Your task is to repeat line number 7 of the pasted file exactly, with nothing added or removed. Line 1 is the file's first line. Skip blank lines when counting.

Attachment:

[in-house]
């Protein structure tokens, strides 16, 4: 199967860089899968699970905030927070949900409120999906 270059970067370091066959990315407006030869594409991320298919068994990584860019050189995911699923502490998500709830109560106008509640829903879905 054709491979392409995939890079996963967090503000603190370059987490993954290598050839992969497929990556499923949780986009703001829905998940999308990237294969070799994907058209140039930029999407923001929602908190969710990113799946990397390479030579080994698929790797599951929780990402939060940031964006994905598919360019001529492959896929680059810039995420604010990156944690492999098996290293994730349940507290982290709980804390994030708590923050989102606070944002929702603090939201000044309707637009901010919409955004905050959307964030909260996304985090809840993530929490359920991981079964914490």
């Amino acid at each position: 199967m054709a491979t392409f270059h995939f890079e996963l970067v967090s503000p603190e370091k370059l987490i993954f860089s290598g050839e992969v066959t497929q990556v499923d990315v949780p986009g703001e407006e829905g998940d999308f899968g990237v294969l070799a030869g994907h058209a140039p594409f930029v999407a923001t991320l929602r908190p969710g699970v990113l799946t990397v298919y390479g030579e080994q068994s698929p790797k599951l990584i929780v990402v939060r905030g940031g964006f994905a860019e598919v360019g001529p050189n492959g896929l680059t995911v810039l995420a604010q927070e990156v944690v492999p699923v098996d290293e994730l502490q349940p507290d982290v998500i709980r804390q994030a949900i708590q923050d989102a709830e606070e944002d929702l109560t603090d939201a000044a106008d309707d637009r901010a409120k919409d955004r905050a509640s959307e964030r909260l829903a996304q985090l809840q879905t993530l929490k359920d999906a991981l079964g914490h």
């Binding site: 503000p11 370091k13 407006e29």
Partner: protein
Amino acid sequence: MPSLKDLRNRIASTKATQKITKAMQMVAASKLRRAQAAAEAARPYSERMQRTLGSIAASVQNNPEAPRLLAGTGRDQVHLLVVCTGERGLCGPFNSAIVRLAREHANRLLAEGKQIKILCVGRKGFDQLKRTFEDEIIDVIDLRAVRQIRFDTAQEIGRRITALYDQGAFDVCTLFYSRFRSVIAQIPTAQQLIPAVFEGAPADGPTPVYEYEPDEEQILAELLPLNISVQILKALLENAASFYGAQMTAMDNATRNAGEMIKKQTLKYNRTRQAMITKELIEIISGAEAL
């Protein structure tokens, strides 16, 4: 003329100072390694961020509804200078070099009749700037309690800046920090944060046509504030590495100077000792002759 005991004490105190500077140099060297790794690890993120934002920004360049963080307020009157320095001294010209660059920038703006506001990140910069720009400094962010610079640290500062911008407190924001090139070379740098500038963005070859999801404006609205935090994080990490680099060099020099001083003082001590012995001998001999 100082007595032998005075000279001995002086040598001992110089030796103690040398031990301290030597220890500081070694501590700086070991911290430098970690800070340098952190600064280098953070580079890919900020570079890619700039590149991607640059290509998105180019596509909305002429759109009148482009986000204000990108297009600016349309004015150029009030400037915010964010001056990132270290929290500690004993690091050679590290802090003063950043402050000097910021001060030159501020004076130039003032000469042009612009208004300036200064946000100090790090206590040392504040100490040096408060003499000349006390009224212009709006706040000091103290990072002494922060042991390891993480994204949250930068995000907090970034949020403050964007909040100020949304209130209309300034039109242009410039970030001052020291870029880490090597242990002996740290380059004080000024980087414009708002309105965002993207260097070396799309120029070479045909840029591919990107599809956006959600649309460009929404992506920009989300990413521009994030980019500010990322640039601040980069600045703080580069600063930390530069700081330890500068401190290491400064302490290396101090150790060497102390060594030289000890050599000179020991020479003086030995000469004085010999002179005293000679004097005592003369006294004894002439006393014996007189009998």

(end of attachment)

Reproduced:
């Protein structure tokens, strides 16, 4: 003329100072390694961020509804200078070099009749700037309690800046920090944060046509504030590495100077000792002759 005991004490105190500077140099060297790794690890993120934002920004360049963080307020009157320095001294010209660059920038703006506001990140910069720009400094962010610079640290500062911008407190924001090139070379740098500038963005070859999801404006609205935090994080990490680099060099020099001083003082001590012995001998001999 100082007595032998005075000279001995002086040598001992110089030796103690040398031990301290030597220890500081070694501590700086070991911290430098970690800070340098952190600064280098953070580079890919900020570079890619700039590149991607640059290509998105180019596509909305002429759109009148482009986000204000990108297009600016349309004015150029009030400037915010964010001056990132270290929290500690004993690091050679590290802090003063950043402050000097910021001060030159501020004076130039003032000469042009612009208004300036200064946000100090790090206590040392504040100490040096408060003499000349006390009224212009709006706040000091103290990072002494922060042991390891993480994204949250930068995000907090970034949020403050964007909040100020949304209130209309300034039109242009410039970030001052020291870029880490090597242990002996740290380059004080000024980087414009708002309105965002993207260097070396799309120029070479045909840029591919990107599809956006959600649309460009929404992506920009989300990413521009994030980019500010990322640039601040980069600045703080580069600063930390530069700081330890500068401190290491400064302490290396101090150790060497102390060594030289000890050599000179020991020479003086030995000469004085010999002179005293000679004097005592003369006294004894002439006393014996007189009998």